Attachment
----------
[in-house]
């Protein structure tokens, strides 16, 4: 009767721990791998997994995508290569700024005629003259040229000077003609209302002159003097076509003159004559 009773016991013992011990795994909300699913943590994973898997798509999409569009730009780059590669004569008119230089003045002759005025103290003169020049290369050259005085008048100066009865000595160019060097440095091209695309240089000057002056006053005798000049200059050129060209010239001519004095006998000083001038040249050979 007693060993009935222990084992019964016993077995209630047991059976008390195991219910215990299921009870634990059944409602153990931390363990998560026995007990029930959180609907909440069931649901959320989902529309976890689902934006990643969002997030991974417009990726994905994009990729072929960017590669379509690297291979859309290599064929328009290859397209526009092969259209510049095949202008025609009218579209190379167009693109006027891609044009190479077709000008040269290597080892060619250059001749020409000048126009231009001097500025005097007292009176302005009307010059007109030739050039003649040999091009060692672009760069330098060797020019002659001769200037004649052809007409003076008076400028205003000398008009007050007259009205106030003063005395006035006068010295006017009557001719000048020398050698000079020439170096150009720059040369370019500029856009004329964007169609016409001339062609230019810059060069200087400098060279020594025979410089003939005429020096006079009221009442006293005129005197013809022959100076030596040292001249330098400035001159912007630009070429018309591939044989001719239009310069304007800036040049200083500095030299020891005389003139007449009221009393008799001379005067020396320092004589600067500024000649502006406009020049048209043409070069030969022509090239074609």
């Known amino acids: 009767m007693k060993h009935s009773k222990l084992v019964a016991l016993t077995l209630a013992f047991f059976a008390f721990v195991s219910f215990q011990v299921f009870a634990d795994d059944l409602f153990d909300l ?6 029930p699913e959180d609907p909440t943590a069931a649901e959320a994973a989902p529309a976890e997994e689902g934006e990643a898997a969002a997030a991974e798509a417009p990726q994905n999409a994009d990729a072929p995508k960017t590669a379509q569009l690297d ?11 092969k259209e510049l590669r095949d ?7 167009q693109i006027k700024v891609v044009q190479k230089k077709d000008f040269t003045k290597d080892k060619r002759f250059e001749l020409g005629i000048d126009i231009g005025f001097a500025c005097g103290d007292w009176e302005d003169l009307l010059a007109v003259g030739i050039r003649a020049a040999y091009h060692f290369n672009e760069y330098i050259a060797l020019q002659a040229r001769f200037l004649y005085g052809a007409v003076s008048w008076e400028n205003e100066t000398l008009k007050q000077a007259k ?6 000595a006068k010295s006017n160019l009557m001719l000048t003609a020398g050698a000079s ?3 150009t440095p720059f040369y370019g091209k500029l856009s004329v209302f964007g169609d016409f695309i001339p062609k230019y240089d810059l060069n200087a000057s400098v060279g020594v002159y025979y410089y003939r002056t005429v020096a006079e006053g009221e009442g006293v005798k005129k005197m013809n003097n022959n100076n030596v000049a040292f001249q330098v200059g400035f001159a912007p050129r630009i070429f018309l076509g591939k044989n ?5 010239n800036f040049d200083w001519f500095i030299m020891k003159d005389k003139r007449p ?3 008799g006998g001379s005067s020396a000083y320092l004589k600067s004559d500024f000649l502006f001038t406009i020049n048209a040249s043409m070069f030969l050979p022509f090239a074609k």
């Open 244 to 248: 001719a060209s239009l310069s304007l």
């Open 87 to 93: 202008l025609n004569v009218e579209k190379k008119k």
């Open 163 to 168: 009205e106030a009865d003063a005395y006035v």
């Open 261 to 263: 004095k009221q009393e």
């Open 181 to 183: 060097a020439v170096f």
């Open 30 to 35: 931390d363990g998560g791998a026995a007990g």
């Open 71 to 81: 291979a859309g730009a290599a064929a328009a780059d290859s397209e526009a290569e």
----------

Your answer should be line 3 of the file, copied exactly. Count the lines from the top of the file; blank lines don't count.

């Known amino acids: 009767m007693k060993h009935s009773k222990l084992v019964a016991l016993t077995l209630a013992f047991f059976a008390f721990v195991s219910f215990q011990v299921f009870a634990d795994d059944l409602f153990d909300l ?6 029930p699913e959180d609907p909440t943590a069931a649901e959320a994973a989902p529309a976890e997994e689902g934006e990643a898997a969002a997030a991974e798509a417009p990726q994905n999409a994009d990729a072929p995508k960017t590669a379509q569009l690297d ?11 092969k259209e510049l590669r095949d ?7 167009q693109i006027k700024v891609v044009q190479k230089k077709d000008f040269t003045k290597d080892k060619r002759f250059e001749l020409g005629i000048d126009i231009g005025f001097a500025c005097g103290d007292w009176e302005d003169l009307l010059a007109v003259g030739i050039r003649a020049a040999y091009h060692f290369n672009e760069y330098i050259a060797l020019q002659a040229r001769f200037l004649y005085g052809a007409v003076s008048w008076e400028n205003e100066t000398l008009k007050q000077a007259k ?6 000595a006068k010295s006017n160019l009557m001719l000048t003609a020398g050698a000079s ?3 150009t440095p720059f040369y370019g091209k500029l856009s004329v209302f964007g169609d016409f695309i001339p062609k230019y240089d810059l060069n200087a000057s400098v060279g020594v002159y025979y410089y003939r002056t005429v020096a006079e006053g009221e009442g006293v005798k005129k005197m013809n003097n022959n100076n030596v000049a040292f001249q330098v200059g400035f001159a912007p050129r630009i070429f018309l076509g591939k044989n ?5 010239n800036f040049d200083w001519f500095i030299m020891k003159d005389k003139r007449p ?3 008799g006998g001379s005067s020396a000083y320092l004589k600067s004559d500024f000649l502006f001038t406009i020049n048209a040249s043409m070069f030969l050979p022509f090239a074609k």